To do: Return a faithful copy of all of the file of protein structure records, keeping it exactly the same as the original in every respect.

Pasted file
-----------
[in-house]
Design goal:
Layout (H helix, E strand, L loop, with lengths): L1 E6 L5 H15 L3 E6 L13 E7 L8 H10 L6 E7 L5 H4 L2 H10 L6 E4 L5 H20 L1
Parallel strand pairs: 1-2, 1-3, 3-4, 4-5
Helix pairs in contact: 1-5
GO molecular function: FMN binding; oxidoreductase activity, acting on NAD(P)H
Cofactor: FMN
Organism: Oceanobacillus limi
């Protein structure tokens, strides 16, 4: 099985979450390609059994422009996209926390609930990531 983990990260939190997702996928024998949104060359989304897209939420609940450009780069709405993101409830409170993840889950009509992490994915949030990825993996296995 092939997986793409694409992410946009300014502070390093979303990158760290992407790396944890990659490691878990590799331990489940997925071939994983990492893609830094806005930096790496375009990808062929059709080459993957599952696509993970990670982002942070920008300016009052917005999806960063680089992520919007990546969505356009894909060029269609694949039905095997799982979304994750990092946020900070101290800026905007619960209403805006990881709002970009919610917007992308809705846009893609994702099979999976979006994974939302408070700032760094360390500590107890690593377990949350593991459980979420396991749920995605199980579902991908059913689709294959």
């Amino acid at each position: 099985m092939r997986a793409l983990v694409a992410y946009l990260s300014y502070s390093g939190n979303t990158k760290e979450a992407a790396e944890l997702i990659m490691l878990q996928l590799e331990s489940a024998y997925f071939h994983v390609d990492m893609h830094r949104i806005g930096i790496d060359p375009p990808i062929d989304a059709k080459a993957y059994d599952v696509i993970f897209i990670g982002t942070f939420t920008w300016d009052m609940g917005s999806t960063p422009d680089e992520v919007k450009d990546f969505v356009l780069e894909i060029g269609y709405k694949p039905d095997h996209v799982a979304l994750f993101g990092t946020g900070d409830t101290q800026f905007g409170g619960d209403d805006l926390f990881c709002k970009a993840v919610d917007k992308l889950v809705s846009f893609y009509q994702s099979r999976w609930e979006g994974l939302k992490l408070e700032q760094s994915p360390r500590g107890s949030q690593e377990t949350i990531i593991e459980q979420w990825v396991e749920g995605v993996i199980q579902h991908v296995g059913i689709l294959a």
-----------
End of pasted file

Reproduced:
[in-house]
Design goal:
Layout (H helix, E strand, L loop, with lengths): L1 E6 L5 H15 L3 E6 L13 E7 L8 H10 L6 E7 L5 H4 L2 H10 L6 E4 L5 H20 L1
Parallel strand pairs: 1-2, 1-3, 3-4, 4-5
Helix pairs in contact: 1-5
GO molecular function: FMN binding; oxidoreductase activity, acting on NAD(P)H
Cofactor: FMN
Organism: Oceanobacillus limi
């Protein structure tokens, strides 16, 4: 099985979450390609059994422009996209926390609930990531 983990990260939190997702996928024998949104060359989304897209939420609940450009780069709405993101409830409170993840889950009509992490994915949030990825993996296995 092939997986793409694409992410946009300014502070390093979303990158760290992407790396944890990659490691878990590799331990489940997925071939994983990492893609830094806005930096790496375009990808062929059709080459993957599952696509993970990670982002942070920008300016009052917005999806960063680089992520919007990546969505356009894909060029269609694949039905095997799982979304994750990092946020900070101290800026905007619960209403805006990881709002970009919610917007992308809705846009893609994702099979999976979006994974939302408070700032760094360390500590107890690593377990949350593991459980979420396991749920995605199980579902991908059913689709294959």
């Amino acid at each position: 099985m092939r997986a793409l983990v694409a992410y946009l990260s300014y502070s390093g939190n979303t990158k760290e979450a992407a790396e944890l997702i990659m490691l878990q996928l590799e331990s489940a024998y997925f071939h994983v390609d990492m893609h830094r949104i806005g930096i790496d060359p375009p990808i062929d989304a059709k080459a993957y059994d599952v696509i993970f897209i990670g982002t942070f939420t920008w300016d009052m609940g917005s999806t960063p422009d680089e992520v919007k450009d990546f969505v356009l780069e894909i060029g269609y709405k694949p039905d095997h996209v799982a979304l994750f993101g990092t946020g900070d409830t101290q800026f905007g409170g619960d209403d805006l926390f990881c709002k970009a993840v919610d917007k992308l889950v809705s846009f893609y009509q994702s099979r999976w609930e979006g994974l939302k992490l408070e700032q760094s994915p360390r500590g107890s949030q690593e377990t949350i990531i593991e459980q979420w990825v396991e749920g995605v993996i199980q579902h991908v296995g059913i689709l294959a």